Divide your sausagemeat mixture between each of the pastry cases, using the back of a spoon to even them out.
Brush the top edges of the pastry cases with a little beaten egg, then pop into the oven and bake for 25-30 minutes, until that top edge of the pastry is golden and the filling is cooked through. Leave them to cool for 15 minutes, then carefully free them from the muffin tin (I found a butter knife really helpful) and place them on a cooling rack.
While the pies are cooling down, put thevinegar and redcurrant jelly into a small saucepan. Stir on a medium heat for 2-3 minutes until the jelly has melted and then add the berries. Mix the cornflour and water to get a smooth paste and then stir into the berries and cook until the juices have thickened a little and the berries are starting to soften – don’t cook the berries for too long or they’ll pop. Leave to cool before spooning over the pies (if you’ve overdone the cornflour then spoon while its hot because once it cools it will be impossible to work with, again, as I found out the hard way!).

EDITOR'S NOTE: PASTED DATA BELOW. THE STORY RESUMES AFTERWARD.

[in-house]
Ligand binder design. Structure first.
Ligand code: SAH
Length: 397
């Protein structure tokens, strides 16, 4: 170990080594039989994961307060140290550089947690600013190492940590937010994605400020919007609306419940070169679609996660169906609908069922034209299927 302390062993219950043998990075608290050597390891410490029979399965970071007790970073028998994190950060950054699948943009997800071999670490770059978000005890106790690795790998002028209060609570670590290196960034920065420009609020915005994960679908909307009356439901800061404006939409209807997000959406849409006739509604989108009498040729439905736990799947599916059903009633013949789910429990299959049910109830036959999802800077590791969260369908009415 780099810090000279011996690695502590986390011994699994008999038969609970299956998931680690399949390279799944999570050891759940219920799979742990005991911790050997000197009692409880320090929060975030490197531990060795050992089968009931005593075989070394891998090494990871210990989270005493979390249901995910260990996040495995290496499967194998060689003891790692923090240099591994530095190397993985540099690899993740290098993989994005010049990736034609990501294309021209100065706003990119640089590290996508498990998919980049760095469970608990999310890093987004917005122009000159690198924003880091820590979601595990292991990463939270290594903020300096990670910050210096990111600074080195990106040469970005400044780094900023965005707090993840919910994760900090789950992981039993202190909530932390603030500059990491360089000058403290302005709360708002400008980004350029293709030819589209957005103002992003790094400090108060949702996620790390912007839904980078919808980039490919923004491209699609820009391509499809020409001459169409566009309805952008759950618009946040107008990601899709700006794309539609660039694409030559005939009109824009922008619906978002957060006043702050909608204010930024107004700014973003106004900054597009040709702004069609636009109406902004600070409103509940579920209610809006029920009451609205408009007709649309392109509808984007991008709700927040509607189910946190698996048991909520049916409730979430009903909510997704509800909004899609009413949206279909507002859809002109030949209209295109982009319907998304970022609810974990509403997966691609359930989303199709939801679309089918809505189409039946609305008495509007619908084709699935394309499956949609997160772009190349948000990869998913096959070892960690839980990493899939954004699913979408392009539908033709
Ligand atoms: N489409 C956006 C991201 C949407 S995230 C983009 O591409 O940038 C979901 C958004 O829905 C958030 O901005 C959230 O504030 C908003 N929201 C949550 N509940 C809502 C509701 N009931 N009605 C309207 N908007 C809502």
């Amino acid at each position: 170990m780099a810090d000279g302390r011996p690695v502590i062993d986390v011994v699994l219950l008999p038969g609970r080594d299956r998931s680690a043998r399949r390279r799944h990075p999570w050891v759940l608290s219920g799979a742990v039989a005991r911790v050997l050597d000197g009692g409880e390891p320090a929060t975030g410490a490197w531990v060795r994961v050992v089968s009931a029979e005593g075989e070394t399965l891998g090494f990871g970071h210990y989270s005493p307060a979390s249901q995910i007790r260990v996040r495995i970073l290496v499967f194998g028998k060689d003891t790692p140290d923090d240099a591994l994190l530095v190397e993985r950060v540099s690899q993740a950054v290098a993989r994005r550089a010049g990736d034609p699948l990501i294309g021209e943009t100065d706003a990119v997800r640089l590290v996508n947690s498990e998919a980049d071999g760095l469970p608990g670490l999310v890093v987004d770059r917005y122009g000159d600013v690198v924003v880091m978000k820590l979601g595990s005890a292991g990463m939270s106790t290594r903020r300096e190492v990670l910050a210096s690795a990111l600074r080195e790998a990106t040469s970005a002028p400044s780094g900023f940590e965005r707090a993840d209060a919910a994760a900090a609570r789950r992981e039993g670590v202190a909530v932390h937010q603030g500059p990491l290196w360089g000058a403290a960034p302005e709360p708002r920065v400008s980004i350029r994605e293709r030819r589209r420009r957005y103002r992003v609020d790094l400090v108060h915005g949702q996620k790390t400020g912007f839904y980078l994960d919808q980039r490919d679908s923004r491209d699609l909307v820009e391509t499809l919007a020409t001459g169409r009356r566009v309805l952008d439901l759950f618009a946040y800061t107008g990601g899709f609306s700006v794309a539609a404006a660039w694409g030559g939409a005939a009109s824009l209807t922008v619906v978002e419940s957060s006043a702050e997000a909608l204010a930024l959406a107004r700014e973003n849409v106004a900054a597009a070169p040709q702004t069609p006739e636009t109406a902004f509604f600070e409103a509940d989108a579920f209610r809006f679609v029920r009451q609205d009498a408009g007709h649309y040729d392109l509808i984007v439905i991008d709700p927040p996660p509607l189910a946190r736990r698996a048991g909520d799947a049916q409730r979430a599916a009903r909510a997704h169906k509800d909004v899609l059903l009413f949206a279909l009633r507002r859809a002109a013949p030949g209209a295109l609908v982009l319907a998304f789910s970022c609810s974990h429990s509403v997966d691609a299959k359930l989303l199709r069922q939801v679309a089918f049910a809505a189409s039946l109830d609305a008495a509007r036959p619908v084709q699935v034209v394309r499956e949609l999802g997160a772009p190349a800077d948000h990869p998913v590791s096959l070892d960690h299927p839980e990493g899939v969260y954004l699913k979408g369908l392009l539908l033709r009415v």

The cornflour may take the sheen off the blueberry topping mix in which case brush a very VERY little bit of olive oil over the berries to give them a glaze. Scoff!
So! Along with my newly(ish) discovered like of soup comes something similar for bread, not of the sliced loaf variety but of the more artisany tear and share type that you can dunk in aforementioned soup – I’m a total sucker for sourdough, or a nice boule, oven warmed and then slathered in butter. Making bread from scratch though hasn’t ever appealed, that whole kneading thing being a bit of a turn off, so when I found this recipe on The Slow Roasted Italian (via Pintrest or course!) that sounded delicious AND required nothing more than a good stir I knew I had to give it a go! Smart move on my part 🙂